We learned about our interdependence and our dependence on nature.

We learned about our incredible ingenuity, with researchers coming up with vaccines in record time.

And we learned about our ability to do things that are unthinkable when we are pressed to move.

More specifically, we have taken the world economy to a safe harbor by providing exceptionally high fiscal and monetary policy support.

And for us Europeans, we went to borrow on markets as a collective, something I thought I would not live to see.

We also recognized that economic policy cannot be left only to economists. And for the first time at the IMF, we are integrating epidemiological projections for how the vaccine is going to protect us and how variants are going to hit us, so we can decide on what is the likely pathway for the world economy.

And just to give you the story for this year, we still expect growth for the world economy of around 6%. But the combination of this 6% continues to shift, with some countries doing better than others.

We also learned quite a lot about the fractures in our world.

The most obvious one: our complete lack of preparedness for a pandemic that scientists have told us time and again, is going to come.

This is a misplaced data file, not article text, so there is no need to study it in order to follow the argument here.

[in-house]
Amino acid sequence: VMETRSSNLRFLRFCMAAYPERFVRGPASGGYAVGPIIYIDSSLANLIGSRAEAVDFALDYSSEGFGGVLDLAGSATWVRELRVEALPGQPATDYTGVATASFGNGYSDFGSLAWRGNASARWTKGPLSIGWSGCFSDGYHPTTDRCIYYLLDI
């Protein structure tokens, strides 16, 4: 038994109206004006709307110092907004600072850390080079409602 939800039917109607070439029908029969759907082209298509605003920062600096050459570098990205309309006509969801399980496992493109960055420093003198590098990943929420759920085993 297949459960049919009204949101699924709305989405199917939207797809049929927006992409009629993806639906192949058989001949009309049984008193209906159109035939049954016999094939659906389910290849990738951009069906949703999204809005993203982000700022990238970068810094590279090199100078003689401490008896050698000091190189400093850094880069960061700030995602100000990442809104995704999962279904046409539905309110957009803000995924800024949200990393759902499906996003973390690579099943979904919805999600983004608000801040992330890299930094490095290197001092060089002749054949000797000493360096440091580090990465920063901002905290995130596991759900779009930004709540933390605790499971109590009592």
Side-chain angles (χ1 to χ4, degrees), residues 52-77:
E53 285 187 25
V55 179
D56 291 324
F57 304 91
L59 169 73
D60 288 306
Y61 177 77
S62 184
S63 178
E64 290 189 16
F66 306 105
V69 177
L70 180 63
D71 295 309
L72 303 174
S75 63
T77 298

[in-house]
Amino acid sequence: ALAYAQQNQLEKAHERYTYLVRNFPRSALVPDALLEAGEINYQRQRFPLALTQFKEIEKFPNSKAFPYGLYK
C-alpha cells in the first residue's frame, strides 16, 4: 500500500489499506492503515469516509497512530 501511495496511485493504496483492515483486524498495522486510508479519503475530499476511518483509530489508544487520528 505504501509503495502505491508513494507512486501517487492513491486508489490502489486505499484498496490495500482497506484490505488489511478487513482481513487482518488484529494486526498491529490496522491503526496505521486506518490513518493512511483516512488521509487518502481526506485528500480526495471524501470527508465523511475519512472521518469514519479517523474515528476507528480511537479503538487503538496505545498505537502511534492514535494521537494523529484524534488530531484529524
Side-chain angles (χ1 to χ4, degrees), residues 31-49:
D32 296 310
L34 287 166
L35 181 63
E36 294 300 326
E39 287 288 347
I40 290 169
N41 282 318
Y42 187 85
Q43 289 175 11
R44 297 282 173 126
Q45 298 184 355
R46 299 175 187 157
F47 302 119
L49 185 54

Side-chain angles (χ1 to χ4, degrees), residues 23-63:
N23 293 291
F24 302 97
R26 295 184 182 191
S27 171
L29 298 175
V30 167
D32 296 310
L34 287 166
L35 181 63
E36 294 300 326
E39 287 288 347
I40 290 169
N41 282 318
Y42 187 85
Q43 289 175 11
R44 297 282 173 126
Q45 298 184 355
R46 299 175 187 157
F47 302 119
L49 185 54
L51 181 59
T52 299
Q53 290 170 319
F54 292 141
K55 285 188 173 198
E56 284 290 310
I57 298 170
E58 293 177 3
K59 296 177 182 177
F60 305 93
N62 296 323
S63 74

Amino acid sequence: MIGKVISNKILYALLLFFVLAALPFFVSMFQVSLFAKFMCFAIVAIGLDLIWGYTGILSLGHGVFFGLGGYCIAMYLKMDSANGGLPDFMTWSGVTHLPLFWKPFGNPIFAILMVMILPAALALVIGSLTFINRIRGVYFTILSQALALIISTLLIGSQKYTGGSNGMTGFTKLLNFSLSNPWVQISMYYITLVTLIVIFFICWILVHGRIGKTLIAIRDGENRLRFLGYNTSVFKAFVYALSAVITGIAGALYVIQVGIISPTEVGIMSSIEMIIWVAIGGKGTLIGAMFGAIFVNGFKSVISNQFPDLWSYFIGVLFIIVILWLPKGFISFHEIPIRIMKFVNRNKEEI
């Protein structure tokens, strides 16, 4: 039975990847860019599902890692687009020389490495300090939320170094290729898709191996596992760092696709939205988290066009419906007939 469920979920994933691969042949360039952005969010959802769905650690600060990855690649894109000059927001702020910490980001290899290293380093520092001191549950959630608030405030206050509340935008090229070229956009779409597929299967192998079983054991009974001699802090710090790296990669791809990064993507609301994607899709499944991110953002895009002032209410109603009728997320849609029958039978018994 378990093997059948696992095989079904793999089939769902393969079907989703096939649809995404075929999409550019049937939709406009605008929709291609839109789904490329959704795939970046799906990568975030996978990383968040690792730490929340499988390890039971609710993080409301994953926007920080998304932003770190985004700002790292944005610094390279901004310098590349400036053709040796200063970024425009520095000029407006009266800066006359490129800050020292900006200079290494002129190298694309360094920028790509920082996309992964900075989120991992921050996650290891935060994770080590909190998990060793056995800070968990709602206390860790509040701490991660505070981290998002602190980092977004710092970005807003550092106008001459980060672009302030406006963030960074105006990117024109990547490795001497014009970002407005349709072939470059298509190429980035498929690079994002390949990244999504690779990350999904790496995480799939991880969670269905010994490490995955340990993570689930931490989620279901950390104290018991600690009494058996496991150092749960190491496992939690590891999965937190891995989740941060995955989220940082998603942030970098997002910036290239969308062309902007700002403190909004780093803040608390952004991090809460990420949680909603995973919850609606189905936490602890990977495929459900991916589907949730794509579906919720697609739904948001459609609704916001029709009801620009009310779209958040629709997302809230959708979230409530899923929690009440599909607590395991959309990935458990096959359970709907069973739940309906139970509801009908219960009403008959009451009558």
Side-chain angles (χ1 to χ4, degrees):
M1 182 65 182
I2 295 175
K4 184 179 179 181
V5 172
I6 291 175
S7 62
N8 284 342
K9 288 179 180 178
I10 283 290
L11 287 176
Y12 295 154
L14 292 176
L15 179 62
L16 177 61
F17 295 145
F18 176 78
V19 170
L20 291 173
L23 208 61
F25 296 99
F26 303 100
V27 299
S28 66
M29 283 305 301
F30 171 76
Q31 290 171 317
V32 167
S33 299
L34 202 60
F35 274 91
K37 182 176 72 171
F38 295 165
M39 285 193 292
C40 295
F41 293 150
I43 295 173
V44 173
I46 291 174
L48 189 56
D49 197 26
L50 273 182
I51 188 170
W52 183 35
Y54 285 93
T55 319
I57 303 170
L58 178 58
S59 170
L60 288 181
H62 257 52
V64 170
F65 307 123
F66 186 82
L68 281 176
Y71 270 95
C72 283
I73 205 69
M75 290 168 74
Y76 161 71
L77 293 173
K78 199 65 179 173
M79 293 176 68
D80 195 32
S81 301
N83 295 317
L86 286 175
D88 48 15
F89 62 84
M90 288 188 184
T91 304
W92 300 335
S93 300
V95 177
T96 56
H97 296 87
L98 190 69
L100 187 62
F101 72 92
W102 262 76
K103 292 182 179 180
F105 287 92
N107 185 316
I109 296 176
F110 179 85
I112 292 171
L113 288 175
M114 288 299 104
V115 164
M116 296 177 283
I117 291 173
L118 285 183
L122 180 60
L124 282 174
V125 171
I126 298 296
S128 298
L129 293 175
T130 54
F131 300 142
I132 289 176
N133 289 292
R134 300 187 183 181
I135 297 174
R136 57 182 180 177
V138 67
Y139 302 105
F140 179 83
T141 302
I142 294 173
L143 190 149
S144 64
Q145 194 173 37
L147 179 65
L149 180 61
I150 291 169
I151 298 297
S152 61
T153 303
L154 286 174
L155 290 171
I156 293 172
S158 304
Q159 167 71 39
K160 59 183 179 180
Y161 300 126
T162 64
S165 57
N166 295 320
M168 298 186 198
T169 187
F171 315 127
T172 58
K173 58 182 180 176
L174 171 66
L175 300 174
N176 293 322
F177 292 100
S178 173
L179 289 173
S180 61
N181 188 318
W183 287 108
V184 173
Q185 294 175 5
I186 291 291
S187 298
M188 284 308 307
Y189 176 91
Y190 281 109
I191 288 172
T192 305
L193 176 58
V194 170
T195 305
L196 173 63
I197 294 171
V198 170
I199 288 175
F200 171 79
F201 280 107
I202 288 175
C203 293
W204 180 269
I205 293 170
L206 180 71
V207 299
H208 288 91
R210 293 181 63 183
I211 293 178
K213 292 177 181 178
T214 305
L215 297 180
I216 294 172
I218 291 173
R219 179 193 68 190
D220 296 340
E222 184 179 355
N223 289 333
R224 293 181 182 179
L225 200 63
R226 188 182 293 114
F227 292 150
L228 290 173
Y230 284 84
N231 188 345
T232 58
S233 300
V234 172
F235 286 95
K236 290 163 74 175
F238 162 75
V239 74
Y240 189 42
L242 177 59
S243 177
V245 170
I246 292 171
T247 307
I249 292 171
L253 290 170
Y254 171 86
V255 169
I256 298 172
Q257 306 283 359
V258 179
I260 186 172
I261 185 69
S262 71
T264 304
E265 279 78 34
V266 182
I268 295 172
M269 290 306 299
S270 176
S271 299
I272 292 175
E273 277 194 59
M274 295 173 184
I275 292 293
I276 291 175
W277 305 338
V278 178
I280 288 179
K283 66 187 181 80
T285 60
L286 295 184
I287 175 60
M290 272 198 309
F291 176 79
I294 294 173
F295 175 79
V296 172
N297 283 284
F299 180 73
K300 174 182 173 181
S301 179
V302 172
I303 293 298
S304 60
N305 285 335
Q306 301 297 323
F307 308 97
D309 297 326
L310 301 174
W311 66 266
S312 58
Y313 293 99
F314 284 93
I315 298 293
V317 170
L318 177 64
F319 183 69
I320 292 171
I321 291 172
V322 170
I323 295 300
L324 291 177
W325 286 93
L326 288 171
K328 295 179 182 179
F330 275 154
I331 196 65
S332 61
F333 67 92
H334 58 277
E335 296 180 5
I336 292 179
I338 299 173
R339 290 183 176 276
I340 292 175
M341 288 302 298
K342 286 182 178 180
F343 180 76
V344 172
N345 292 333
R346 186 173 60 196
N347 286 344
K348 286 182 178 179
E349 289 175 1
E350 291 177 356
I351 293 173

Second, we learned that when it comes, our collective ability to act is hard to muster.

We also learned that in hard times, some are better protected than others. We saw advanced economies, rich countries, being able to pour 28% of GDP equivalent in fiscal and monetary support to cushion the impact of the crisis on their businesses and their people.

What have emerging markets done? 6%.

What are poor countries doing? 2% of a much smaller GDP. 

What is the result? A dangerous divergence growing within countries between people that are doing better than others, such as those who have access to the digital economy. And very importantly, divergence across countries. Why should that matter to all of us? Because if we continue on this pathway, it will translate into more insecurity and instability in the world we live in.